When planning a move to Italy, the first thing to pack is patience. Navigating local customs and figuring out how things work is going to take time. The good news from the bureaucratic front is that recent laws have streamlined at least part of the paperwork. The bad news is that those same laws have tightened restrictions on foreigners. For example, Italy now requires fingerprints for all nonEuropean Union (EU) citizens” Americans, Senegalese, Norwegians, etc.”when they sign up for a stay permit. Especially after the events of September 11, authorities are more serious about stamping out illegals. Once upon a time, lots of U.S. expats lived in Italy for long periods of time without ever announcing their presence. It’s illegal, but it happens, and in all candor, Italians are much less worried about North Americans overstaying their welcome than other nationals from outside the EU. Don’t take this as an open-ended invitation. I have seen at least one expat forcibly sent packing after her illegally procured job as a tour leader in Rome marched her past a group of police, who were paying unusually close attention to immigration laws that day. The penalties for overstaying your visa have become harsher, and you’d only be doing yourself a disservice by ignoring them in the long run. Once you’ve hacked through the bureaucracy, including multiple trips to the consulate, you will have many more freedoms and benefits than those who preferred to risk it and lived their lives in nearparanoia.
If you think it would be much more convenient to just become an Italian citizen, it just might be possible under the Italian policy of jus sanguinis, or right of blood. This can go back generations as long as no ancestor in the chain lost his or her Italian citizenship before giving birth to the next generation. There seem to be different interpretations of this floating around, so here are criteria taken verbatim from a checklist provided by the Italian Consulate: Your father was an Italian citizen at the time for your birth and you never renounced the right to Italian citizenship. Your mother was an Italian citizen at the time of your birth, you were born after January 1st, 1948 and you never renounced the right to Italian citizenship. Your father was born in the United States, your paternal grandfather was an Italian citizen at the time of your father’s birth, neither you nor your father ever renounced the right to Italian citizenship.
Your mother was born in the United States, your maternal grandfather was an Italian citizen at the time of her birth, you were born after January 1, 1948 and neither you nor your mother ever renounced the right to Italian citizenship. Your paternal or maternal grandfather was born in the United States, your paternal great grandfather was an Italian citizen at the time of his birth, neither you nor your father nor your grandfather ever renounced the right to Italian citizenship (please note: a grandmother born before January 1, 1948 can claim the Italian citizenship only from her father and can transfer it to descendants born after January 1, 1948).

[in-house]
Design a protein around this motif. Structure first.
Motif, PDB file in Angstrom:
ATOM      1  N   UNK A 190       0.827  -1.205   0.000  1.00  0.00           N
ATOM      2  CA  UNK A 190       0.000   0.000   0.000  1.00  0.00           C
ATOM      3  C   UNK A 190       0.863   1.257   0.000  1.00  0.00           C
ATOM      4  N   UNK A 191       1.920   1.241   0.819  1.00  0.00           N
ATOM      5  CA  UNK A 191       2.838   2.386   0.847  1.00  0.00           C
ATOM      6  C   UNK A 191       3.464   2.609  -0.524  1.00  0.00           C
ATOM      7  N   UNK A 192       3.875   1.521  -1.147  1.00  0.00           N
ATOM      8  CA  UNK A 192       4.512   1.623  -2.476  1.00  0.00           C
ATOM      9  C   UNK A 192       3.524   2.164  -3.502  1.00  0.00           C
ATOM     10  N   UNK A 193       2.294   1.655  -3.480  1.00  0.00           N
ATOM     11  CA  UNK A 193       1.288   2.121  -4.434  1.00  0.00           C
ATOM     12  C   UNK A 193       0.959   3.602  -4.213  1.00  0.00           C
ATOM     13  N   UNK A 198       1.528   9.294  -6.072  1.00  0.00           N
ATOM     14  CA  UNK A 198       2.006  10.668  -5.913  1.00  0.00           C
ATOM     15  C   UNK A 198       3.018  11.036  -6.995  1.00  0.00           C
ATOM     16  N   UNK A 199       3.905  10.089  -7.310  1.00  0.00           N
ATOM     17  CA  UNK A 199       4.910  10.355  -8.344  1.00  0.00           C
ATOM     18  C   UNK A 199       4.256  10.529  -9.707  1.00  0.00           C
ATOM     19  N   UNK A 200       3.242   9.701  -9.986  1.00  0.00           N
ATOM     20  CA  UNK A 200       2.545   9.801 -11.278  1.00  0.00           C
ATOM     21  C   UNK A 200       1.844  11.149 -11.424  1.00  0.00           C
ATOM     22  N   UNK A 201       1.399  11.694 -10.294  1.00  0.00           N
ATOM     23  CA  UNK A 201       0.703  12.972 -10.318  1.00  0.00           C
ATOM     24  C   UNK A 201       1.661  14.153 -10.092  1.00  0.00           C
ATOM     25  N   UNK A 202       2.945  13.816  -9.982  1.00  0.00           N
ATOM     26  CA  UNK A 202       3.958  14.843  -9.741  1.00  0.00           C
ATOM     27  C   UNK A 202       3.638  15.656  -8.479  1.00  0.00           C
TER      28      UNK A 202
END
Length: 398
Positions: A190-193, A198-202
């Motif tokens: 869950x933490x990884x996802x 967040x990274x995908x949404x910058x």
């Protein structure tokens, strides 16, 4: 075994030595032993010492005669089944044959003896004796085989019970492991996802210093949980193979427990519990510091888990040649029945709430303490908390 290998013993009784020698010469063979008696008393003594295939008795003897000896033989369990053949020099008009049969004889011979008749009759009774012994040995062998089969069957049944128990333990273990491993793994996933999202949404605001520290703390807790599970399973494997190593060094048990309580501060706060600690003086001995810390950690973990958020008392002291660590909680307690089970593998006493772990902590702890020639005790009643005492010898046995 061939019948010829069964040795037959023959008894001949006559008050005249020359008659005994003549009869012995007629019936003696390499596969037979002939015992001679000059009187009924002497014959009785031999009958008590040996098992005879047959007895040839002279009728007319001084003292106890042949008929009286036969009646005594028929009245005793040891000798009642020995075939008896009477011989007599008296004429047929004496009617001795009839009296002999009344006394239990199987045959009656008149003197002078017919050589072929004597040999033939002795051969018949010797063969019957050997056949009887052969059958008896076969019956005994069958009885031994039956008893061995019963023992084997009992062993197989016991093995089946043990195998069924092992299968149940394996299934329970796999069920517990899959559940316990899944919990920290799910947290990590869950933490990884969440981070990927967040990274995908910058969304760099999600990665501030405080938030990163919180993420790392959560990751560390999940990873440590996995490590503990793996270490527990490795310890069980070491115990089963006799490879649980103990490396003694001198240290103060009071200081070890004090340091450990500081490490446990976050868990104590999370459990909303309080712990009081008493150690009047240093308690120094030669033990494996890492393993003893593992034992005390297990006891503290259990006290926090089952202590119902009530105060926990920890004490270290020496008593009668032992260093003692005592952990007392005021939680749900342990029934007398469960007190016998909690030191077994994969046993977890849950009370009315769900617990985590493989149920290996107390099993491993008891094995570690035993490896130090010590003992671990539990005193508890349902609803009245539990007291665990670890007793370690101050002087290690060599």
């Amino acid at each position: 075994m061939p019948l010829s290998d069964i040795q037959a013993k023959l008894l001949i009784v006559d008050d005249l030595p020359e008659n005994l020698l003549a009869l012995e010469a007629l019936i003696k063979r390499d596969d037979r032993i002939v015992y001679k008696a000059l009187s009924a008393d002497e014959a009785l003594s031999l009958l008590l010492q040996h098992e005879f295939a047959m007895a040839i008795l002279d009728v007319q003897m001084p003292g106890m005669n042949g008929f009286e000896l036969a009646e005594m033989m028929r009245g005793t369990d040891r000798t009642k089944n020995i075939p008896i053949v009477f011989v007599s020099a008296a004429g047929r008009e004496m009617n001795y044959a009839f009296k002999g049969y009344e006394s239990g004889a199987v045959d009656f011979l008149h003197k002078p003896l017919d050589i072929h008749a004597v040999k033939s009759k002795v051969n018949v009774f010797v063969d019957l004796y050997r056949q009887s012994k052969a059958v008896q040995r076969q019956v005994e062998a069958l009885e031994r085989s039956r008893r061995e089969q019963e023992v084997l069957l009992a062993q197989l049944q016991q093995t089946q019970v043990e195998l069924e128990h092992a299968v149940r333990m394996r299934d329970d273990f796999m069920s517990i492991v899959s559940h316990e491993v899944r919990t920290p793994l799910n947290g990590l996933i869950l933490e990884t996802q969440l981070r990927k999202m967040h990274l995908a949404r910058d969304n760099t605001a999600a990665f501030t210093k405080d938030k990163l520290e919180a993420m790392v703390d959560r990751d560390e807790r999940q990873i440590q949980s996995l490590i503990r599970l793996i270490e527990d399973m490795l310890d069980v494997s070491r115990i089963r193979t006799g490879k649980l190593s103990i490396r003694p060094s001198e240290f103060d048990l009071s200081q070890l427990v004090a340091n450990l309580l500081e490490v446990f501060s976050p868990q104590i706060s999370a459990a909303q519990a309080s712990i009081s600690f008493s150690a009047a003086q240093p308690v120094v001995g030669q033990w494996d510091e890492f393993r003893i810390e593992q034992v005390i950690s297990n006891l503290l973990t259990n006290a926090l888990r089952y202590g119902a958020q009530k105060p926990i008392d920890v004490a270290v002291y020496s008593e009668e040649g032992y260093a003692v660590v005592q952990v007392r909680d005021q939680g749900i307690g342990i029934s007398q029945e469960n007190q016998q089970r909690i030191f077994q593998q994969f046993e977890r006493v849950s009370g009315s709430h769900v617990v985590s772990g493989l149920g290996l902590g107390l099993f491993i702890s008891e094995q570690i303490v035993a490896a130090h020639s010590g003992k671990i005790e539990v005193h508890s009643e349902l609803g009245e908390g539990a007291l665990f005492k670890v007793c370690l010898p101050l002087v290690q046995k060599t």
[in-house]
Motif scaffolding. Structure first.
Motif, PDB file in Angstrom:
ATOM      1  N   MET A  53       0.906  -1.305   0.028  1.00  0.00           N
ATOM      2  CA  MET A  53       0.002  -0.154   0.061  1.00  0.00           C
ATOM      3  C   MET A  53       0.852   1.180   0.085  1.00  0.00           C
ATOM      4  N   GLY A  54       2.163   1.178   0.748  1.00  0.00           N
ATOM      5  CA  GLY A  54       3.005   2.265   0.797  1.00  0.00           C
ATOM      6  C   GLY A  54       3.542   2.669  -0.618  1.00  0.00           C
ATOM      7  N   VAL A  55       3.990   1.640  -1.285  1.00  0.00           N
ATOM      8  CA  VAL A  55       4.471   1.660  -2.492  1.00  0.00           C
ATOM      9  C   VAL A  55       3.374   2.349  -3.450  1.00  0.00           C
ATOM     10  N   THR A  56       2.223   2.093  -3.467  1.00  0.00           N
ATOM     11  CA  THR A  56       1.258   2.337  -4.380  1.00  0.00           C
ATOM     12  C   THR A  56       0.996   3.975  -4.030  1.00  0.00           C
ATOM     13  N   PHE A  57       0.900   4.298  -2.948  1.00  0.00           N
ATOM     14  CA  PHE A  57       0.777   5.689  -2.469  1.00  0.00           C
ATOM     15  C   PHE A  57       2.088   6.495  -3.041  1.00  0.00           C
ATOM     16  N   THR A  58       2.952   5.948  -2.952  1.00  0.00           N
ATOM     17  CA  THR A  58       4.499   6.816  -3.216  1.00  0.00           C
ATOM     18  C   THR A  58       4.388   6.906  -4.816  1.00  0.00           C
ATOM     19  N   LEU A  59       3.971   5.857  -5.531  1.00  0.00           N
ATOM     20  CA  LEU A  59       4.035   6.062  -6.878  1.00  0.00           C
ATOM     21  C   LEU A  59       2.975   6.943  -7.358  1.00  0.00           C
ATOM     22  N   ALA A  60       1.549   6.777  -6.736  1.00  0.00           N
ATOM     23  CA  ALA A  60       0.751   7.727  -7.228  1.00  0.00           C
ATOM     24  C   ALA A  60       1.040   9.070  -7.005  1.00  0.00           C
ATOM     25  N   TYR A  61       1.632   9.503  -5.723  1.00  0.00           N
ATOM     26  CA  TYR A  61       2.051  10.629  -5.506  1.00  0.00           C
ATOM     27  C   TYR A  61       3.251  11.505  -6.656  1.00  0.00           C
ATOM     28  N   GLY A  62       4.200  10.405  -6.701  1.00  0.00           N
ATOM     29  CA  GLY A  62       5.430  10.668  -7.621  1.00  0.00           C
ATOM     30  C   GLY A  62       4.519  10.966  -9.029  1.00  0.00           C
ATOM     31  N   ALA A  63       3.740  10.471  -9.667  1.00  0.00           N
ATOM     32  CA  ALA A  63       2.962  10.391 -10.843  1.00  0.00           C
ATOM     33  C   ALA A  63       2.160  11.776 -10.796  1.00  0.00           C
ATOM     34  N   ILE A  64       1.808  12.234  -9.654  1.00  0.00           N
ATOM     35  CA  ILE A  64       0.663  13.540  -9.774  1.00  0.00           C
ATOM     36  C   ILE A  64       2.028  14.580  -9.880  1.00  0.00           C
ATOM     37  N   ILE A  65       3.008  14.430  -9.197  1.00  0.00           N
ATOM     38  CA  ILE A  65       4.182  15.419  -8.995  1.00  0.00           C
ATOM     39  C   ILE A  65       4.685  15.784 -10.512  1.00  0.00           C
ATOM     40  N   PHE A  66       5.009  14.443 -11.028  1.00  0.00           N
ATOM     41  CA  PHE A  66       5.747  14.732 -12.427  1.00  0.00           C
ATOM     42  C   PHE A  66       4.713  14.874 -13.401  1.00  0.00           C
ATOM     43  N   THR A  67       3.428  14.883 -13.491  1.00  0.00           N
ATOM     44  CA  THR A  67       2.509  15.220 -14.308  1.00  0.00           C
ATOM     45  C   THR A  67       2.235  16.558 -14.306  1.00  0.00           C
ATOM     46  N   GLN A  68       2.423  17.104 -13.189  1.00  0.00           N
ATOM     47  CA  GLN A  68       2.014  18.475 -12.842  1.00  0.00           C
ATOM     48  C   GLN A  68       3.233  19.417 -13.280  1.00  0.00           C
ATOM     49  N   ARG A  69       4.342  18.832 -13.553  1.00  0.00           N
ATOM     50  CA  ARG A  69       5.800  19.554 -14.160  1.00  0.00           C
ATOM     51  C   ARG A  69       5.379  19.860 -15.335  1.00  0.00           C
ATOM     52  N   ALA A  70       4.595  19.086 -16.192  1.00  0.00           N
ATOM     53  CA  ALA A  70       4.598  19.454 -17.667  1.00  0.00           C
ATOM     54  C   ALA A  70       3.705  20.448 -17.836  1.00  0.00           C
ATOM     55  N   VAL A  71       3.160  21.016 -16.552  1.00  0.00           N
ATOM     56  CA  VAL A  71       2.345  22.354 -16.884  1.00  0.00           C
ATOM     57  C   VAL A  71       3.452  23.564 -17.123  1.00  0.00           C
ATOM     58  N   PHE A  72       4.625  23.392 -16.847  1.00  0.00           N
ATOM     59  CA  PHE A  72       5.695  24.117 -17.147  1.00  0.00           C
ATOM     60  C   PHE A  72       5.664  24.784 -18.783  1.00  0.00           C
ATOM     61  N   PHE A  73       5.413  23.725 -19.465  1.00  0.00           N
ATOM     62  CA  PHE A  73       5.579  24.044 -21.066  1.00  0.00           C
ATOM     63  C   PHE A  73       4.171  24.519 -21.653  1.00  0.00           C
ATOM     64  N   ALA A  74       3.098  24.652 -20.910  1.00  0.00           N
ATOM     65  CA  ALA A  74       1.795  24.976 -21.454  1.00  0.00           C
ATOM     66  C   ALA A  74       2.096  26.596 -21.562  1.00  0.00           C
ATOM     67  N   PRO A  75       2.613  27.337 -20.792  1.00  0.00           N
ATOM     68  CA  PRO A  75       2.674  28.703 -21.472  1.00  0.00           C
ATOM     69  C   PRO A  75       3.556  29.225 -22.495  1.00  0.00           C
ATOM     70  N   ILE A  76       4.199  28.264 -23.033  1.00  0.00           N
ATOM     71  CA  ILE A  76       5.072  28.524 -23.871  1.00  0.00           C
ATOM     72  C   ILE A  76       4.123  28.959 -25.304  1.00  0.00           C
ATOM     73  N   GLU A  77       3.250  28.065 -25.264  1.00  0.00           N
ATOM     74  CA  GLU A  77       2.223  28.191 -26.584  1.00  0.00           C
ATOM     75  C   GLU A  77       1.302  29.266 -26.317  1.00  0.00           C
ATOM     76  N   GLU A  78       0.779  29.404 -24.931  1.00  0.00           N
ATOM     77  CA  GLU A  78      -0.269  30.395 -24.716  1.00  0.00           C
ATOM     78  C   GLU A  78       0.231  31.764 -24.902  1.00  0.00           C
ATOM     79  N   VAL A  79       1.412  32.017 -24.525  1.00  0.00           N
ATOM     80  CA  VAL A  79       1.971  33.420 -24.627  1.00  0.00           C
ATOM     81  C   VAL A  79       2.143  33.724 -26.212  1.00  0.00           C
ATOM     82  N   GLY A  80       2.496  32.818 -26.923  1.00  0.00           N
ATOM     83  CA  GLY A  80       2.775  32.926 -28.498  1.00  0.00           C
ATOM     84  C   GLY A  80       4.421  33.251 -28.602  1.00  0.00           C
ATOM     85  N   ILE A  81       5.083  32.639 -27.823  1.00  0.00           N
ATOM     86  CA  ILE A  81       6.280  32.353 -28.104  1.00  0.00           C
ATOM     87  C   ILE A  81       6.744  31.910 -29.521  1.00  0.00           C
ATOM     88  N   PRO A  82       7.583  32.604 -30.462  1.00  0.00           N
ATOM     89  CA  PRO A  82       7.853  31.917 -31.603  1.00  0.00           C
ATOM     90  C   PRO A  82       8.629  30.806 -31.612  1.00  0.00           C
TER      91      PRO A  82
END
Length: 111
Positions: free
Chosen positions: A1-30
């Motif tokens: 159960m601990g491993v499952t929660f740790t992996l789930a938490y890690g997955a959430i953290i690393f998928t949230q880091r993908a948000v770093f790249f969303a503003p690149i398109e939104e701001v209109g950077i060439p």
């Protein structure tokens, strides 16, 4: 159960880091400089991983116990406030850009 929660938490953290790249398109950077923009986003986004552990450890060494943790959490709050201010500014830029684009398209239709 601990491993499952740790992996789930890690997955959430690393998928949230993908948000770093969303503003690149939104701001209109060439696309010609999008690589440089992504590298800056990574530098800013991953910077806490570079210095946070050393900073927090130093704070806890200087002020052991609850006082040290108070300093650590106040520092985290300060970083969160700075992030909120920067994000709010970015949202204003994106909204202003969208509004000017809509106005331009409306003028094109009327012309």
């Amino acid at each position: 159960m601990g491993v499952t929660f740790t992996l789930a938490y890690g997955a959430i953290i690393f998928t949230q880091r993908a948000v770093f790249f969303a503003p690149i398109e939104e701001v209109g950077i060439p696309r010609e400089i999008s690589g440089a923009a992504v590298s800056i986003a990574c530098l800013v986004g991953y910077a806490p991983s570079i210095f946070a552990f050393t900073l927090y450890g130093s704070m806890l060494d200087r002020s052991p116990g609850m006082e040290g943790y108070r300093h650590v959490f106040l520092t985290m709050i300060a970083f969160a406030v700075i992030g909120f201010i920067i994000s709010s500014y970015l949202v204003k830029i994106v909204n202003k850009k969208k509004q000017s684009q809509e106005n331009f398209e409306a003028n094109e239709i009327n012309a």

Note: Italian citizen at the time of birth means that he/she did not acquire any other citizenship through naturalization before the descendant’s birth. This last bit is very important. If the relative who came over from Italy was naturalized in the United States or any other country other than Italy, he or she effectively renounced Italian citizenship. In the end, remember that mastering Italian bureaucracy is a lifelong pursuit. (Many have even turned it into a career.) You will constantly have questions about the fine print of laws on permits, visas, and residency, and will need to keep abreast of changes. A number of resources can help you. The best one I have found to date is The Informer, www.informer.it, founded by a Scottish expat a quarter-century ago.
Visas and Permits All 15 signatory countries of the Schengen agreement, including Italy, allow U.S. residents to circulate freely within their borders for a maximum of 90 days at a time. If your vacation fits into that category, you need only a passport and a plane ticket. But Italy still has its own immigration laws, and even those travelers planning to stay for as little as two weeks are required, in theory, to apply for a stay visa within eight days of their arrival. Few people bother with the formalities. There are literally millions of North Americans who come every year for two-week vacations in Italy with no paperwork other than a passport. If you plan to stay longer than 90 days, you are in effect planning a long stay and therefore need to apply for a long-stay permit in Italy, the infamous permesso di soggiorno. Before you can apply for your permesso, you have to obtain the appropriate visa from the Italian Embassy or local consulate in the United States. There are weeks, perhaps months, of footwork on that front to be done at home before you leave. Some cases drag on for years.
There are 21 types of visas in all, ranging from airport transit to sports-related, some easier to obtain than others. U.S. citizens looking to live, study, or work in Italy are most likely to apply for one of three types: a residency visa, a student visa, or a work visa. Different documentation is required for each, so check with your local consulate or the Italian Embassy’s website (www.ambwashingtondc.esteri.it) before you make an appointment. All visas require a passport valid for at least three months past your application date.
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